It’s supposed to be getting pretty hot around here for the time being, and since spring is well underway I understandably have flowers on the brain. There’s a patch of tenacious violas growing at the corner of the house, and the lilies are starting to bud. I’ve also bought some pretty basic culinary herbs which I hope will survive long enough for me to enjoy them.
One of my issues with many plant and animal-themed decks is that they rely more on New Age beliefs and practices like flower essences and vibrations than their botanical profile or behaviour in the wild. One example is the Magic of Flowers Oracle, which I just reviewed. I feel like a lot of decks talk about lessons we can learn from nature, but often don’t take into account observations scientists have made about these plants or animals when those observations could enhance readings with the cards. In fact, I’ve noticed many decks assign meanings to plants or animals that either don’t make any sense, or don’t make any sense at first glance.
The Flower Reading Cards are not perfect in this regard, but it’s still a great deck that deserves a spot on your shelf if you’re into nature decks.
The deck is published by Rockpool Publishing and comes in a sturdy yellow box. The author and illustrator is Cheralyn Darcey, who also created the Australian Wildflower Reading Cards. The cards are large, measuring about 3.5″ x 5.25″ and glossy. The cards have a thin white border, the name of the flower, and a single keyword in addition to the image. The guidebook has four original spreads and the entry on each flower has a meaning, challenges associated with this card, botanical profile, and information about the place depicted in the card from this flower’s country of origin.
The artwork was created on linocut with gouache paint. I’m not sure what that means but those of you who are familiar with art terminology can appreciate it. The end result is stunning. The bright flowers stand out against the black and white background. While the Magic of Flowers deck has a more mystical, almost fantastical feel to it, this deck feels a bit more naturalistic. Even the box is a cheerful yellow. There’s something about these cards that make me smile whenever I pick them up.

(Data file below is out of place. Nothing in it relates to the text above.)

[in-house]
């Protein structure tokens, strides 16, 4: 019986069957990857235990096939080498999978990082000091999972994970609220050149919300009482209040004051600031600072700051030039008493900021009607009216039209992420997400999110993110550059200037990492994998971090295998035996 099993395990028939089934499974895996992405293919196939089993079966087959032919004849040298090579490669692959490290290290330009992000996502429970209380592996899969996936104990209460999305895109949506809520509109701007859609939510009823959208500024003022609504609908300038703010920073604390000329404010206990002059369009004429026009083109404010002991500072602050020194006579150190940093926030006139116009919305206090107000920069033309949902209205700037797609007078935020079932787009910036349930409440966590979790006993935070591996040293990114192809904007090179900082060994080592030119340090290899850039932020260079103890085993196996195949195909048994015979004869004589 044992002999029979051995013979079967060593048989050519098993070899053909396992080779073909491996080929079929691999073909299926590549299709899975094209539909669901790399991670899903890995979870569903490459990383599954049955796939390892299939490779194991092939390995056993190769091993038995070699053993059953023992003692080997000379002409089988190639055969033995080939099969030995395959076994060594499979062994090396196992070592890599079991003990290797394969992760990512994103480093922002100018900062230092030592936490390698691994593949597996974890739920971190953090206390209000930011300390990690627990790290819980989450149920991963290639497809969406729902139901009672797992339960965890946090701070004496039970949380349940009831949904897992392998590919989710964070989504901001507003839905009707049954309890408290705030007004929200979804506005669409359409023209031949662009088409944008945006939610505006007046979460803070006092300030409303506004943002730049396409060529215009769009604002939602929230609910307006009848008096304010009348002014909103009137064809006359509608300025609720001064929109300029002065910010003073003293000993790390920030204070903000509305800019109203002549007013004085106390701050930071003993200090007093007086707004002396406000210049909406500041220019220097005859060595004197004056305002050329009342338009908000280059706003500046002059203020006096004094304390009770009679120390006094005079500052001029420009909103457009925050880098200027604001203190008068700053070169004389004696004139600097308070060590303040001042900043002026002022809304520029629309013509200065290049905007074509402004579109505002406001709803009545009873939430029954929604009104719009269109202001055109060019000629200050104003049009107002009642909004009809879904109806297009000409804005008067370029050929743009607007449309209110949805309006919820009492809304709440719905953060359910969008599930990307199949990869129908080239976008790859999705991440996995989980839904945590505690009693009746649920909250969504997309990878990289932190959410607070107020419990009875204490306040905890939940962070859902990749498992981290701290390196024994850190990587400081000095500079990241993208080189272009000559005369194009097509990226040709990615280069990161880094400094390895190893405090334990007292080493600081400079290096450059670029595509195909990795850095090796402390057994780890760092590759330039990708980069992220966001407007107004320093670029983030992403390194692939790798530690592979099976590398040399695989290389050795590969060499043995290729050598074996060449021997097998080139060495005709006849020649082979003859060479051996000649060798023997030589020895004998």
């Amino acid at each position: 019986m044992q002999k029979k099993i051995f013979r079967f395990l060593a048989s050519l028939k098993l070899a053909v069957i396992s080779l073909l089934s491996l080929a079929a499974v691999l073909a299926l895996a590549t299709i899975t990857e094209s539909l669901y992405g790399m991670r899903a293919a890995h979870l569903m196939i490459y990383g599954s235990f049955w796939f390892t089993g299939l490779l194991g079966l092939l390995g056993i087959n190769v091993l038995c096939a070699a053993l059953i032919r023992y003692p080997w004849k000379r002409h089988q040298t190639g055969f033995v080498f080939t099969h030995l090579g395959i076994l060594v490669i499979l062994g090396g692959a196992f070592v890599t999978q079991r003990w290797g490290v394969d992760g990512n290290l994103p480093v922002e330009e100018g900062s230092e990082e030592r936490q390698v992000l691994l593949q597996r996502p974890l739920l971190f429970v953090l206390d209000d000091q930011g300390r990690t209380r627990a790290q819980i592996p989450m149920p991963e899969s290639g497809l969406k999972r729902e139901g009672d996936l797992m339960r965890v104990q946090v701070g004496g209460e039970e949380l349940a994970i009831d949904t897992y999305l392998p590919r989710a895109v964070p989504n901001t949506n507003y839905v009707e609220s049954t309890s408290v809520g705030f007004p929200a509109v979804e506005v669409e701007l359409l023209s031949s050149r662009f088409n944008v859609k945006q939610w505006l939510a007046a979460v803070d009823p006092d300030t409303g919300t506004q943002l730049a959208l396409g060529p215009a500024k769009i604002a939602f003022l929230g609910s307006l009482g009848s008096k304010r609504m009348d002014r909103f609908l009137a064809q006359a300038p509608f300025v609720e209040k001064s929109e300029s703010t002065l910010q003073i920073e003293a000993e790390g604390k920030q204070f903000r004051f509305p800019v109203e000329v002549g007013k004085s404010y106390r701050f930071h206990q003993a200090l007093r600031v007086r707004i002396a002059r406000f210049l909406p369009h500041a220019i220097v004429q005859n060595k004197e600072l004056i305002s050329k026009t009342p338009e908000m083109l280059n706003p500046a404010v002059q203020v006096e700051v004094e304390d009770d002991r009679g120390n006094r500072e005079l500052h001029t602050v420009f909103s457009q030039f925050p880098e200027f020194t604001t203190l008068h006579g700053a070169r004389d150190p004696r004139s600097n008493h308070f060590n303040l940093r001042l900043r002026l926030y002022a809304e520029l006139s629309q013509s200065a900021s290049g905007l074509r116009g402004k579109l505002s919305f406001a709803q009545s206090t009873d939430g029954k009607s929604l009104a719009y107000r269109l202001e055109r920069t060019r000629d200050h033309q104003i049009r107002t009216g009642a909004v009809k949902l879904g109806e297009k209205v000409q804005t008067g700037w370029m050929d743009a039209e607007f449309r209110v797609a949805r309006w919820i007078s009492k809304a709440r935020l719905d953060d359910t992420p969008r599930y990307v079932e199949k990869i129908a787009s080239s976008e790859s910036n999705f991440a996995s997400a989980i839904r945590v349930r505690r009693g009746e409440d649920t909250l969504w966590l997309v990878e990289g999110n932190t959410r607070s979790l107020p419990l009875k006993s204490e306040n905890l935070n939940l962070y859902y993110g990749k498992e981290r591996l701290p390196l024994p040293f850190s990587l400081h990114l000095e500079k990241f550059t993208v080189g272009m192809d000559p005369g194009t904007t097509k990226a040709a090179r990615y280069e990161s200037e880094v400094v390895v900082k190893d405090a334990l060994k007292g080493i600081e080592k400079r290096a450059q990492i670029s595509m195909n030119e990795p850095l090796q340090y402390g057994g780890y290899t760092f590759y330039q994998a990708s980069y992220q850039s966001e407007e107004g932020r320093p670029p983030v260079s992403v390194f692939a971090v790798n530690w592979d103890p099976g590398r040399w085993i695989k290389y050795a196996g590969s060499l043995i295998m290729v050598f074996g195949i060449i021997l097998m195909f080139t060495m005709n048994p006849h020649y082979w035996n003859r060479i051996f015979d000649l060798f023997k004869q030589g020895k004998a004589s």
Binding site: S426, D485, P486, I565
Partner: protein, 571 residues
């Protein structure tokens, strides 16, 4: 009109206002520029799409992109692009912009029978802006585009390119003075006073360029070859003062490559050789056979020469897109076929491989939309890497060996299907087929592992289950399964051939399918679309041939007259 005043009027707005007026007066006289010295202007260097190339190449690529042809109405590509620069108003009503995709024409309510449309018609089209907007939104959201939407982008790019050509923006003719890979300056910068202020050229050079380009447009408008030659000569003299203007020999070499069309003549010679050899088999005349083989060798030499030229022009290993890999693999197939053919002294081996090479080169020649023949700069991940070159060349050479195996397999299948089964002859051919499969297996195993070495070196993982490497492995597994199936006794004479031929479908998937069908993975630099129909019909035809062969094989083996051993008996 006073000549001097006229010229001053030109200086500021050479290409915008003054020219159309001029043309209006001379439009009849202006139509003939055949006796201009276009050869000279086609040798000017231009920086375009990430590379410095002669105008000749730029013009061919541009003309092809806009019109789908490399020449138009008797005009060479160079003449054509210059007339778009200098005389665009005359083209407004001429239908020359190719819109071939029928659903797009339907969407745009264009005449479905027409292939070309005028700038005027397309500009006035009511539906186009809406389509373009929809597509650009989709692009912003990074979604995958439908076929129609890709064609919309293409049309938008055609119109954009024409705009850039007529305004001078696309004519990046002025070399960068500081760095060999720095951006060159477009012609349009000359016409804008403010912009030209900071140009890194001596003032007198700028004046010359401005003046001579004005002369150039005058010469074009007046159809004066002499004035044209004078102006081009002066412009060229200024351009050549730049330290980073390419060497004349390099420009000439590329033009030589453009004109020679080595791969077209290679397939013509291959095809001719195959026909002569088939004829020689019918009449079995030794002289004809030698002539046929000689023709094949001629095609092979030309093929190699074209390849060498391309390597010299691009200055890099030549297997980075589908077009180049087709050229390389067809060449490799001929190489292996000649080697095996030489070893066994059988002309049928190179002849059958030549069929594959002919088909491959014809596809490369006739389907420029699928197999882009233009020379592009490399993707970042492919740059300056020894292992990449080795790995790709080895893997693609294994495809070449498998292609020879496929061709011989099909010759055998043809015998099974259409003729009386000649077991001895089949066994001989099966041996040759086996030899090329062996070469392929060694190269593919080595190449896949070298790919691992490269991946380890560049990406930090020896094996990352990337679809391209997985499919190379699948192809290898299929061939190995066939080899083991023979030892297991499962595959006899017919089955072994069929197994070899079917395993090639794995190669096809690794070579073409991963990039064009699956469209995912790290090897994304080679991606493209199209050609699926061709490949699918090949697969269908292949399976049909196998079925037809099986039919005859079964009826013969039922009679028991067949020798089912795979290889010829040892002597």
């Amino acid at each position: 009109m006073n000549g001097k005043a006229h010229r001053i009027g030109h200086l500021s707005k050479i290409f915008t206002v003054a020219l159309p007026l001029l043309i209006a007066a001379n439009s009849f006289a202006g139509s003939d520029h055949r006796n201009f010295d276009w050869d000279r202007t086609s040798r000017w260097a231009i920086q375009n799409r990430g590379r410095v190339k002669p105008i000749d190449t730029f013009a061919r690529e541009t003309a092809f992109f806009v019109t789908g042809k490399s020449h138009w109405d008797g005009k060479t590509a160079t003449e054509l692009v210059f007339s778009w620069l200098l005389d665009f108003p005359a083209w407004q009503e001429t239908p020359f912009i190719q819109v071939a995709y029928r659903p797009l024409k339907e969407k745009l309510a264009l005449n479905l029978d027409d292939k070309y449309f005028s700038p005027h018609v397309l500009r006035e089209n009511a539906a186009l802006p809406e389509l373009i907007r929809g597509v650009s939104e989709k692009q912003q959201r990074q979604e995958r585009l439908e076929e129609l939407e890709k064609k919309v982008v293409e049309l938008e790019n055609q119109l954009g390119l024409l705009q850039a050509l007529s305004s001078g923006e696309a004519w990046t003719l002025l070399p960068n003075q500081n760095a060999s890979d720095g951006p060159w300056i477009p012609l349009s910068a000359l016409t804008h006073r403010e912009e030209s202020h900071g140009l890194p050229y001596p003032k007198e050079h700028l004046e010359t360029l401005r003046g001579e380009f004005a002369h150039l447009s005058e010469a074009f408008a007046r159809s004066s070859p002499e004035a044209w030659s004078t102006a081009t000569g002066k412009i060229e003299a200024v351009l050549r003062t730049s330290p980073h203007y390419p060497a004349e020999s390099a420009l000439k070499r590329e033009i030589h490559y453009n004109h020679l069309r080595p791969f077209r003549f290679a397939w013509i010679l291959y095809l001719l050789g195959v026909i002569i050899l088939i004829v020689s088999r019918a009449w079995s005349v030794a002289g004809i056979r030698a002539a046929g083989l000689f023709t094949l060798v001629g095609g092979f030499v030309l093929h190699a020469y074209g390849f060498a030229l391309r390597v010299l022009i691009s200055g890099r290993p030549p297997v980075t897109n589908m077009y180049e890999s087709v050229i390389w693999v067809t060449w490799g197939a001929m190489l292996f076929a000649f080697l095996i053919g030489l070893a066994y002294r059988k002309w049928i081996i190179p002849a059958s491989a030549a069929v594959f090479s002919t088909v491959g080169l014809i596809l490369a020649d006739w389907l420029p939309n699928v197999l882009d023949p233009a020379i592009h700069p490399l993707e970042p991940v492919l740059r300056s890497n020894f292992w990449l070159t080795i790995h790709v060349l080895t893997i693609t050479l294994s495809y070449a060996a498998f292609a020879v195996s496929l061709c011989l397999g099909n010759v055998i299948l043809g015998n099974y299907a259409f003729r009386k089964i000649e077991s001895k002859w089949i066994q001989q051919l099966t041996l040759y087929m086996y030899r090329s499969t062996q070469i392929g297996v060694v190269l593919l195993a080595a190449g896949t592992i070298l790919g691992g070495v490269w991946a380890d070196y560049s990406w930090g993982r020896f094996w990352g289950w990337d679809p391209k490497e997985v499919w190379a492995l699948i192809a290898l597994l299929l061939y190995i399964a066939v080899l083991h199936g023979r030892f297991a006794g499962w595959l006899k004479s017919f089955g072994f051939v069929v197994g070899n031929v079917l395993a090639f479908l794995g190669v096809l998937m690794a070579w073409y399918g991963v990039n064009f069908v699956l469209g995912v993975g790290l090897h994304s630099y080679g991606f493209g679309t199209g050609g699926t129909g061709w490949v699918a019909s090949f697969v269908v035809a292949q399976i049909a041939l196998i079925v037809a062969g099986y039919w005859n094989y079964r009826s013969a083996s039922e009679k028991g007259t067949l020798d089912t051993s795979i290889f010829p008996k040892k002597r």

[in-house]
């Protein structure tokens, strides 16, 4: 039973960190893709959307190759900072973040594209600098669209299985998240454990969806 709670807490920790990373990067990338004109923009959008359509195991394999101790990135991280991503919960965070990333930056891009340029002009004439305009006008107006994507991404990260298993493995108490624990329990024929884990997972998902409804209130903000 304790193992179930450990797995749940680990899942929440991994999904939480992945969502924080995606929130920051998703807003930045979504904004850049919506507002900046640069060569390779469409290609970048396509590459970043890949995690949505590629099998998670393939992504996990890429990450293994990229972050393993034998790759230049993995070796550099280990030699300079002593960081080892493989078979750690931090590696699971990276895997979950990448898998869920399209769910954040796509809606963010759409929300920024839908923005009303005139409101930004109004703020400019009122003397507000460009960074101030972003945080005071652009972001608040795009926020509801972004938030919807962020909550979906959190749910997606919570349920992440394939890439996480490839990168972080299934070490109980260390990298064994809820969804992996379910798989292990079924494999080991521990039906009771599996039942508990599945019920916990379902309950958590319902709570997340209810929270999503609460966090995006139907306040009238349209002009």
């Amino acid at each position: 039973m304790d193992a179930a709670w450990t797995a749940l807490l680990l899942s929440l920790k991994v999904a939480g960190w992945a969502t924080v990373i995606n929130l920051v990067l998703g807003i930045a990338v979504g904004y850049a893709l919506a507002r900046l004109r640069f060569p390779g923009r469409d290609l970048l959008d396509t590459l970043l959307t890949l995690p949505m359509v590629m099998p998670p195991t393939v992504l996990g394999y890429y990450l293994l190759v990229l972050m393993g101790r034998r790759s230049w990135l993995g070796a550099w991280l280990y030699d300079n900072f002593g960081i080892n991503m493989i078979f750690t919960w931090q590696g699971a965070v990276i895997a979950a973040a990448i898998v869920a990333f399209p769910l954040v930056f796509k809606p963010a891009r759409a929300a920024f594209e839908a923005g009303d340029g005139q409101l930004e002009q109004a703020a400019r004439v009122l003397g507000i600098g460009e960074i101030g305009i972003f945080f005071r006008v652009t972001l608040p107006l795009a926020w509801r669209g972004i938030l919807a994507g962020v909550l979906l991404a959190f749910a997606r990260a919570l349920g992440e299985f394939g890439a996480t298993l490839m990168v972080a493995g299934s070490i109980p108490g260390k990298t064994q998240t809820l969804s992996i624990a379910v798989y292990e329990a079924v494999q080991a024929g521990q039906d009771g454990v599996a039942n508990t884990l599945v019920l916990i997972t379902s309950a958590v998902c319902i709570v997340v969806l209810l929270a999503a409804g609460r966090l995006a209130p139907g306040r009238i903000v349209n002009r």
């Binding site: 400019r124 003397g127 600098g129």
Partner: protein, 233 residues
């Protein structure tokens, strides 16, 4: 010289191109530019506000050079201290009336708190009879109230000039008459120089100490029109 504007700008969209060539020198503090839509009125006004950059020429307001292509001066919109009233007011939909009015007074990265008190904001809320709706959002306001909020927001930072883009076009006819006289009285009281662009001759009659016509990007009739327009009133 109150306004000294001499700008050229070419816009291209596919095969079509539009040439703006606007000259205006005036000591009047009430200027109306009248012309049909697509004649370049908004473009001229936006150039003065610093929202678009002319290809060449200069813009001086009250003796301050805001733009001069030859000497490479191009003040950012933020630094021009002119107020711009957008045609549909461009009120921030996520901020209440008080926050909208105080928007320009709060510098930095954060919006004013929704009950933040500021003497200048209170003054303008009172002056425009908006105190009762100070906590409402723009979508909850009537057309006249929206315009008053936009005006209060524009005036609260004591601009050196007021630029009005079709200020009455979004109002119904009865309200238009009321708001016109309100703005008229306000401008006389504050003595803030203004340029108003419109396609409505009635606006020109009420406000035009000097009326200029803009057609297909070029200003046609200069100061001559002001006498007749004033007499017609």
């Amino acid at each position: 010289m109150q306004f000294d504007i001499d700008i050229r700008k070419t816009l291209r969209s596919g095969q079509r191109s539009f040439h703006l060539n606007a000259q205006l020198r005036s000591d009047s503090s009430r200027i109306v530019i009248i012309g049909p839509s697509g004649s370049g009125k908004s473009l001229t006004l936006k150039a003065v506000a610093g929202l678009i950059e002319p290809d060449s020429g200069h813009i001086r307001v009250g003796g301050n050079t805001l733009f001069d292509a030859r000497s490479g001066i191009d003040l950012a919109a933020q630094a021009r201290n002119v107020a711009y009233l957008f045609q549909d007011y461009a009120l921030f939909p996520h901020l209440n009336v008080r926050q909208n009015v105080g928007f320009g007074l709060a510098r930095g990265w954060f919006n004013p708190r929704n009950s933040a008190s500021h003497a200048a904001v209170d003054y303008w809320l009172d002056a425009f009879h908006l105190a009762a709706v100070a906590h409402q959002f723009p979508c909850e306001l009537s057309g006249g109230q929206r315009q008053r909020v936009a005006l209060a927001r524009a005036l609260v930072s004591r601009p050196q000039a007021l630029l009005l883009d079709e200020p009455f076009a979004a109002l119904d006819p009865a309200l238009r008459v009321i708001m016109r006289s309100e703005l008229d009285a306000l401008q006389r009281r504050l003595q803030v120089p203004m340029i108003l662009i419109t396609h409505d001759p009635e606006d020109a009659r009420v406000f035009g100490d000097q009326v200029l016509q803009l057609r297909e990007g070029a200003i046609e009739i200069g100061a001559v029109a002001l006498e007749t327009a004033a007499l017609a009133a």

I did my usual thing and recruited some willing test subjects and the results were pretty accurate. Although, this is one deck where I often needed to consult the book, especially if I wasn’t familiar with a particular flower. Unlike with the Magic of Flowers cards. I didn’t have a whole lot of trouble finding a relevant message for the querent. This would be a good “pick-me-up” deck, as a one card pull each day, or even to decorate an altar or shrine space if real flowers aren’t available.
If I had one criticism of this deck, it’s that sometimes it’s difficult to see how the keyword relates to the flower. I personally associate jasmine with sensuality and pleasure, but in this deck, jasmine means “success”. I like that the author included some botanical information on each flower, but I would have liked to have a bit more information in that section. In general I think there should have been more of an explanation for associating keywords with certain flowers, more about how the properties or folklore supports the messages each flower has to give.
As much as I love the bright colours of the Magic of Flowers deck, the Flower Reading Cards are definitely one of my favourites. I would absolutely recommend it to anyone who loves flowers.